from The American Heritage® Dictionary of the English Language, 5th Edition.
- adjective Impossible to prove or demonstrate.
from The Century Dictionary.
- Not demonstrable; incapable of being demonstrated.
- Immediately evident; axiomatical; not capable of being made more evident.
from the GNU version of the Collaborative International Dictionary of English.
- adjective Incapable of being demonstrated.
from Wiktionary, Creative Commons Attribution/Share-Alike License.
- adjective That cannot be
demonstratedor proved; unprovable
Sorry, no etymologies found.
… IDers, time and time again, hoist themselves royally by hitching themselves to the indemonstrable low probability argument.
The premisses must be primary and indemonstrable; otherwise they will require demonstration in order to be known, since to have knowledge, if it be not accidental knowledge, of things which are demonstrable, means precisely to have a demonstration of them.
In the later Prize Essay (1764), he would judge the Christian notion of immaterial souls as indemonstrable
He had his doubts about Leibniz and Spinoza, because their systems rested upon questionable and indemonstrable first principles.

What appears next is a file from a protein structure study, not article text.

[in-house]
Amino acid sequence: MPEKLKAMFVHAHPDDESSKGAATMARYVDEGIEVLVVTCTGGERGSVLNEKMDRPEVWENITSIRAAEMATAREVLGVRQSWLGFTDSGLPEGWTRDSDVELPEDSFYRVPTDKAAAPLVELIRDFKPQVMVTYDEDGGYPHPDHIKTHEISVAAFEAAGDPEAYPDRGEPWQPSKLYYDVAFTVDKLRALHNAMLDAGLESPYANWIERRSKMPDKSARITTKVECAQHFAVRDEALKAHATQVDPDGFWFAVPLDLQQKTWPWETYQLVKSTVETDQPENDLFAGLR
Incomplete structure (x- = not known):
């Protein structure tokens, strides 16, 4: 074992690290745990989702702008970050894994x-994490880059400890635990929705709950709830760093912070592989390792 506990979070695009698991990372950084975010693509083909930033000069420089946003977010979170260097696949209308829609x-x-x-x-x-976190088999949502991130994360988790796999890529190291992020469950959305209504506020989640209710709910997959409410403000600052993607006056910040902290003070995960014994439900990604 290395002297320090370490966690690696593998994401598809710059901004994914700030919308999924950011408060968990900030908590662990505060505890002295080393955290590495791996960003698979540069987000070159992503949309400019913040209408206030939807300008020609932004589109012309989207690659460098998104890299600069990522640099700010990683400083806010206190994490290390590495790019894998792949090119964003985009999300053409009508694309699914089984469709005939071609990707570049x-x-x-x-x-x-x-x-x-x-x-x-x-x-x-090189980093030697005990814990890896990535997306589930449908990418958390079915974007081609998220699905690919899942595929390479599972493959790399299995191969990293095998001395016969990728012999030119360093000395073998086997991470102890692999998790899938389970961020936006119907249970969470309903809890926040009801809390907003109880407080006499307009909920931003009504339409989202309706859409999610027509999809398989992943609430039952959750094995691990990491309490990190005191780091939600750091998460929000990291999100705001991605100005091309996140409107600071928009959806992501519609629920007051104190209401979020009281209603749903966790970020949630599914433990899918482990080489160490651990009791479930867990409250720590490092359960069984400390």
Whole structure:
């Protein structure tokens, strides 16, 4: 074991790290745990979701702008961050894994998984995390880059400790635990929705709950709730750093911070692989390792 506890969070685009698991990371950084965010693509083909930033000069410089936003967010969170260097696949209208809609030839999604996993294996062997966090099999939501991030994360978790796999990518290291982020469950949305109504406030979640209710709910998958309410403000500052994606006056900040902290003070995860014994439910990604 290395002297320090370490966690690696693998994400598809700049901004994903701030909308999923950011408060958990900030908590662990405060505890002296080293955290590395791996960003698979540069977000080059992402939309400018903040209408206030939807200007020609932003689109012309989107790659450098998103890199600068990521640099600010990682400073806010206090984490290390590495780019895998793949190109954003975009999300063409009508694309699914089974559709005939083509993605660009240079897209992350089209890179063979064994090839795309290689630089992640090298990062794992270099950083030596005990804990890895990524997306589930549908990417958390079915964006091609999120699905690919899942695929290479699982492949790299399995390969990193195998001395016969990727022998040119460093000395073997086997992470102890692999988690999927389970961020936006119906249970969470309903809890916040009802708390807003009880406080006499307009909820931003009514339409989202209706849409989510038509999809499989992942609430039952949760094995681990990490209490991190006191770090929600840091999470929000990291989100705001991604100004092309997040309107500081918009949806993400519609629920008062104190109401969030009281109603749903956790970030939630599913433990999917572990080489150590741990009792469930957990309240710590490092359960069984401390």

However, induction (or something very much like it) plays a crucial role in the theory of scientific knowledge in the Posterior Analytics: it is induction, or at any rate a cognitive process that moves from particulars to their generalizations, that is the basis of knowledge of the indemonstrable first principles of sciences.
But there are several first indemonstrable principles.
Thus, in speculative matters, the indemonstrable principles are not the habit itself whereby we hold those principles, but are the principles the habit of which we possess.
Wherefore the first indemonstrable principle is that the same thing cannot be affirmed and denied at the same time, which is based on the notion of “being” and “not-being”; and on this principle all others are based, as it is stated in Metaphysics iv. text.
Just as nothing stands firm with regard to the speculative reason except that which is traced back to the first indemonstrable principles, so nothing stands firm with regard to the practical reason unless it be directed to the last end which is the common good; and whatever stands to reason in this sense has the nature of a law.
Accordingly we conclude that just as, in the speculative reason, from naturally known indemonstrable principles we draw the conclusions of the various sciences, the knowledge of which is not imparted to us by nature, but acquired by the efforts of reason; so, too, it is from the precepts of the natural law, as from general and indemonstrable principles, that the human reason needs to proceed to the more particular determination of certain matters.